Market Perspective for June 19, 2023

Investors were looking to get a better idea as to what the Federal Reserve might do over the next few months. On Wednesday, the Fed decided to keep interest rates at their current level of 5.25 percent. Federal Reserve Chairman Jerome Powell said that doing so would provide additional time to assess the impact that previous hikes had on the economy.

The Federal Open Market Committee (FOMC) will meet again on July 26, and according to projections released at Wednesday’s meeting, there is a strong possibility of an additional one or two rate hikes before a pivot begins. One of the key reasons why additional hikes might be necessary is because monthly core CPI was up .4 percent. Core CPI measures inflation without accounting for food or energy costs.

Until that figure comes down, it may be difficult for overall inflation to reach the 2 percent target set by most of the central banks across the world. However, the inflation news was not all bad as overall CPI for May was 4 percent, which was the lowest since 2021 and lower than the 4.1 percent analysts expected.

On Friday, the University of Michigan released its preliminary inflation expectations for the next 12 months. It found that those who took its survey believe that inflation will fall to 3.3 percent over the next year. This is important as consumers may be less likely to pay higher prices if they believe that they are going up for no reason.

Of course, data indicates that consumers aren’t hesitating to spend even as prices continue to go up. On Thursday, retail sales and core retail sales data were released, and both reports showed that there was an increase in spending. Retail sales were up .3 percent on a monthly basis while core retail sales were up .1 percent on a monthly basis. Analysts believed that retail sales would fall by .2 percent.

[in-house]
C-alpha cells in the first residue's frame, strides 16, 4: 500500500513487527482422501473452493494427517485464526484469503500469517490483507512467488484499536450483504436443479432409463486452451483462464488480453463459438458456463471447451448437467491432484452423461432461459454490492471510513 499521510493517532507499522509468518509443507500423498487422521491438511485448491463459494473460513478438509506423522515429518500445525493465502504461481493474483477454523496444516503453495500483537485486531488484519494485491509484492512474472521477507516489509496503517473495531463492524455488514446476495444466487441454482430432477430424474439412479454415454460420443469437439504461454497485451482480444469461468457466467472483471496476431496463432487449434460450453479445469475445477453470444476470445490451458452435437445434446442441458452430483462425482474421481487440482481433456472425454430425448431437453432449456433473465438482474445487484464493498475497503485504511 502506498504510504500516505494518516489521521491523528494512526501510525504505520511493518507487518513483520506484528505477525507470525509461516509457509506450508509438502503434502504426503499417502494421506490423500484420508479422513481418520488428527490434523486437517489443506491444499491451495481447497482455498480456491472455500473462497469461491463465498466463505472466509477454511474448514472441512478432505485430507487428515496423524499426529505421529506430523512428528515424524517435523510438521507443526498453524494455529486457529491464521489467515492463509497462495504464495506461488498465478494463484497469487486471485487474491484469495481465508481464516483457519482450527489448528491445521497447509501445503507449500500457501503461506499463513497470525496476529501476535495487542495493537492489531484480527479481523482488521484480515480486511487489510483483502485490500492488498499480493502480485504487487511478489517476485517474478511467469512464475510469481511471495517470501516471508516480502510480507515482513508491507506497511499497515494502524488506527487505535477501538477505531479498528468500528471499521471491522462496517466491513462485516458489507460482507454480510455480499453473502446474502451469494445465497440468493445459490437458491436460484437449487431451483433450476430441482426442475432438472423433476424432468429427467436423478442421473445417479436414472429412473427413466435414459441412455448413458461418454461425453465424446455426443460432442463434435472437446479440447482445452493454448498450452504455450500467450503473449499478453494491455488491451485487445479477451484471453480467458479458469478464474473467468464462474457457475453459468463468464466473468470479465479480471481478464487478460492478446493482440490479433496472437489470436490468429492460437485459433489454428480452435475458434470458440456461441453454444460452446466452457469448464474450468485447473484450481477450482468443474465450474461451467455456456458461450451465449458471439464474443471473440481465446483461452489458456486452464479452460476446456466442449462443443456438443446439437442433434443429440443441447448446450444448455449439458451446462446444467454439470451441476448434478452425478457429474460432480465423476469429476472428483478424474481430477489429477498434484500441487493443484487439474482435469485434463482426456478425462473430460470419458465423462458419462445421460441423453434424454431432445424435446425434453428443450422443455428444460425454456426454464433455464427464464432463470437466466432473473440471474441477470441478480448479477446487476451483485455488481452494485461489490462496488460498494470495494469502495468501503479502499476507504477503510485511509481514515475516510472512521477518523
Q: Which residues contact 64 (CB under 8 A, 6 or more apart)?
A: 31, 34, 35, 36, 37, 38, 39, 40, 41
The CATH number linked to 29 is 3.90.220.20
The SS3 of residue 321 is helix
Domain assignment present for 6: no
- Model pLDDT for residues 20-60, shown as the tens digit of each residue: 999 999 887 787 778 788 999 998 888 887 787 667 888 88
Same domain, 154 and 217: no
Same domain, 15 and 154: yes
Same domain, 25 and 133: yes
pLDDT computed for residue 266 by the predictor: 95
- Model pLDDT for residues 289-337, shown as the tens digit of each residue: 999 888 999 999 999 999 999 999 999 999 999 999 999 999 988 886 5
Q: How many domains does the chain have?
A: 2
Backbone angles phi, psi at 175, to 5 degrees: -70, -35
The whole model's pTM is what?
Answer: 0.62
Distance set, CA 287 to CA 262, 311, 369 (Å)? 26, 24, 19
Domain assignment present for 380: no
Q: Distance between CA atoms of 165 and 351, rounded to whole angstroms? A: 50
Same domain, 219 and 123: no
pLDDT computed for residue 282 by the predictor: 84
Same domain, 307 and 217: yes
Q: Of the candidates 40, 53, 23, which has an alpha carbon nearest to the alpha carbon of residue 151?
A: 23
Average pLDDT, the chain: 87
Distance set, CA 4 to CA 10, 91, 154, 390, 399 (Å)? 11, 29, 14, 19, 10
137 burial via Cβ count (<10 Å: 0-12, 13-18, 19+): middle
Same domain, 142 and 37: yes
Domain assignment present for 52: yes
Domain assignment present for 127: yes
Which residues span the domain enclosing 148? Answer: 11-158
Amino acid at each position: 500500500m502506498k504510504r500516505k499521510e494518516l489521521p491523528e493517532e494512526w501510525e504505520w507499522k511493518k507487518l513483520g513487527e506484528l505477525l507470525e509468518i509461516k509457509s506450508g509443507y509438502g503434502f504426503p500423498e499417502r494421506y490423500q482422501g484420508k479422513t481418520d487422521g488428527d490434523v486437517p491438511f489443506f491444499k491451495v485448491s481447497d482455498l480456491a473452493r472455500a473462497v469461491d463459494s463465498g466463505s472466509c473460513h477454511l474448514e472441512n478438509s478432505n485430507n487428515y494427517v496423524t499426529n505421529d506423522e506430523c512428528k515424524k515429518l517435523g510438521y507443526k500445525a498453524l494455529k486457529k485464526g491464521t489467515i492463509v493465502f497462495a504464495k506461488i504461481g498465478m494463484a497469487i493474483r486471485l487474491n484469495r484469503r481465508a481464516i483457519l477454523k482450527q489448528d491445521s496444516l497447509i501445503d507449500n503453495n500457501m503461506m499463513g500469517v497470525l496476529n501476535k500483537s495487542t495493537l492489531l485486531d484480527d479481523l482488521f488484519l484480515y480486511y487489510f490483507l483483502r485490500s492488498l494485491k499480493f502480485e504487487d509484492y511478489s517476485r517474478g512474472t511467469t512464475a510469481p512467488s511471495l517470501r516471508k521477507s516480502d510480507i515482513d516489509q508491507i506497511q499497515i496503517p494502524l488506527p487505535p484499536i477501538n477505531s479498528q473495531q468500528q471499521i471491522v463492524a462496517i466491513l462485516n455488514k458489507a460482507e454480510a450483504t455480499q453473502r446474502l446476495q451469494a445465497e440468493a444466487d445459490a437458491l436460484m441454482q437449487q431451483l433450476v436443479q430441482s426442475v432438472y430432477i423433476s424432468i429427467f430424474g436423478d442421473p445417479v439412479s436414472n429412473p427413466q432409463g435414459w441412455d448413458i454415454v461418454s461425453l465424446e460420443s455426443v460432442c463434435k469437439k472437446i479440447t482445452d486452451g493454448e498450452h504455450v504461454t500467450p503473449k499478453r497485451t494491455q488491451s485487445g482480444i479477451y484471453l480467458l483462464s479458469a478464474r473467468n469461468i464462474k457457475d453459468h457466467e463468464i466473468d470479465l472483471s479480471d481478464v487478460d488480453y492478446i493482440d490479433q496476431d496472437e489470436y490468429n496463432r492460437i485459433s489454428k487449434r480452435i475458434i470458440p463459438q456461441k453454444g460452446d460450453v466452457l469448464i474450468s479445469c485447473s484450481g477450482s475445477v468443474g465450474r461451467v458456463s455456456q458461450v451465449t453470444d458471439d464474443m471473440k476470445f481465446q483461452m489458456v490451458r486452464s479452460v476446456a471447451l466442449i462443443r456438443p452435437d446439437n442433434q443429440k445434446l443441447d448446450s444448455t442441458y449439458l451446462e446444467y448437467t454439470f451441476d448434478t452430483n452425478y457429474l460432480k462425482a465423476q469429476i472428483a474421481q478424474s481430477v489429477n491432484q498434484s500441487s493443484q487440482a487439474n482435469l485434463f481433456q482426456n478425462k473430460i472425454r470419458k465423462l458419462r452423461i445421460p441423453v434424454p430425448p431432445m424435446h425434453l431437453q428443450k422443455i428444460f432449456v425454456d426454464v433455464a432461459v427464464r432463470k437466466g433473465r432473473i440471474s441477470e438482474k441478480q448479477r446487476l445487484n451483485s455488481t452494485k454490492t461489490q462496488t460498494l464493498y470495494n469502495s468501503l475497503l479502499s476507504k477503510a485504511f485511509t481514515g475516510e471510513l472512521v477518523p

The Empire State Manufacturing Index was also released on Thursday, and the final figure was 6.6 percent, which indicates that the manufacturing sector in New York is expanding. It was significantly higher than the -15 percent estimate and was also much higher than the -31.8 percent figure seen last month.

Finally, unemployment claim data released on Thursday morning found 262,000 claims had been filed in the previous week. This was the same as last week and was higher than the 246,000 claims that analysts expected.

Although the news this week indicates that the economy is in a state of turmoil, investors were mostly bullish. The S&P 500 was up 2.35 percent on the week after finishing at 4,409 on Friday. The market opened at 4,308 on Monday and steadily climbed over the next four trading days.

The NASDAQ was up 2.77 percent this week closing at 13,689. It started the week at 13,321 and hit its weekly high on Thursday at 13,808 before easing back about 1 percent on Friday. While the Dow 30 finished up about 1 percent this week, it did experience some choppy trading. On Monday, it opened at 33,951 before easing back to its weekly low of 33,834 on Wednesday. By Friday morning, it had hit its weekly high of 34,529 before giving up ground to finish the week at 34,299.

On Wednesday and Thursday, Jerome Powell will testify before the Senate. Manufacturing and services PMI data will be released on Friday.

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